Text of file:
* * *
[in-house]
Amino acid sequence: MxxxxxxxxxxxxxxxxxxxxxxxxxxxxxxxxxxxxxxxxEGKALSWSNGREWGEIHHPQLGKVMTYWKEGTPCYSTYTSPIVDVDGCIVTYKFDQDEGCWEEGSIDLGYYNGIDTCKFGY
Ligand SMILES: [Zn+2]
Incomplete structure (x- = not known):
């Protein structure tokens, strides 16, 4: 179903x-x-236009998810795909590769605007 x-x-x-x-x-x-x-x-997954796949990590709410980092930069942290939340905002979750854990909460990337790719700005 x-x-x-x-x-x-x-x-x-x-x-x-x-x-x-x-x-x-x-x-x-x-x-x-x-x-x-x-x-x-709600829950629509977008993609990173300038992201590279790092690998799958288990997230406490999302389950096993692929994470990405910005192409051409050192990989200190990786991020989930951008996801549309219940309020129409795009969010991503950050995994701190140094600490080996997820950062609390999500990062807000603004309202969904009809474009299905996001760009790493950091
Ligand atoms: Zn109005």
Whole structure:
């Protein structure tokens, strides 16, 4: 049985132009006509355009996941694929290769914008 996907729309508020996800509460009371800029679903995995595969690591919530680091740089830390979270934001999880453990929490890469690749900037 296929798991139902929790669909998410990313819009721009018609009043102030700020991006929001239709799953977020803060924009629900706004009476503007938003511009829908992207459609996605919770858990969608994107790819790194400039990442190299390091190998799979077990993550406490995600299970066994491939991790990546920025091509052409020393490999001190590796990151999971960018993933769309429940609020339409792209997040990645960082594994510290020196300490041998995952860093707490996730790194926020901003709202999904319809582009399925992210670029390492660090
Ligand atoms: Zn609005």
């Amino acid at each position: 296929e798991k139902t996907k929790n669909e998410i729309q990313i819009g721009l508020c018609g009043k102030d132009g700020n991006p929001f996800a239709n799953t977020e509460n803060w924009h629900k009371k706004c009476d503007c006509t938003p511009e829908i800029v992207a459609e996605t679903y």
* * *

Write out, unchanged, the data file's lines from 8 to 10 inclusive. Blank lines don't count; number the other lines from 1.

């Protein structure tokens, strides 16, 4: 049985132009006509355009996941694929290769914008 996907729309508020996800509460009371800029679903995995595969690591919530680091740089830390979270934001999880453990929490890469690749900037 296929798991139902929790669909998410990313819009721009018609009043102030700020991006929001239709799953977020803060924009629900706004009476503007938003511009829908992207459609996605919770858990969608994107790819790194400039990442190299390091190998799979077990993550406490995600299970066994491939991790990546920025091509052409020393490999001190590796990151999971960018993933769309429940609020339409792209997040990645960082594994510290020196300490041998995952860093707490996730790194926020901003709202999904319809582009399925992210670029390492660090
Ligand atoms: Zn609005």
């Amino acid at each position: 296929e798991k139902t996907k929790n669909e998410i729309q990313i819009g721009l508020c018609g009043k102030d132009g700020n991006p929001f996800a239709n799953t977020e509460n803060w924009h629900k009371k706004c009476d503007c006509t938003p511009e829908i800029v992207a459609e996605t679903y």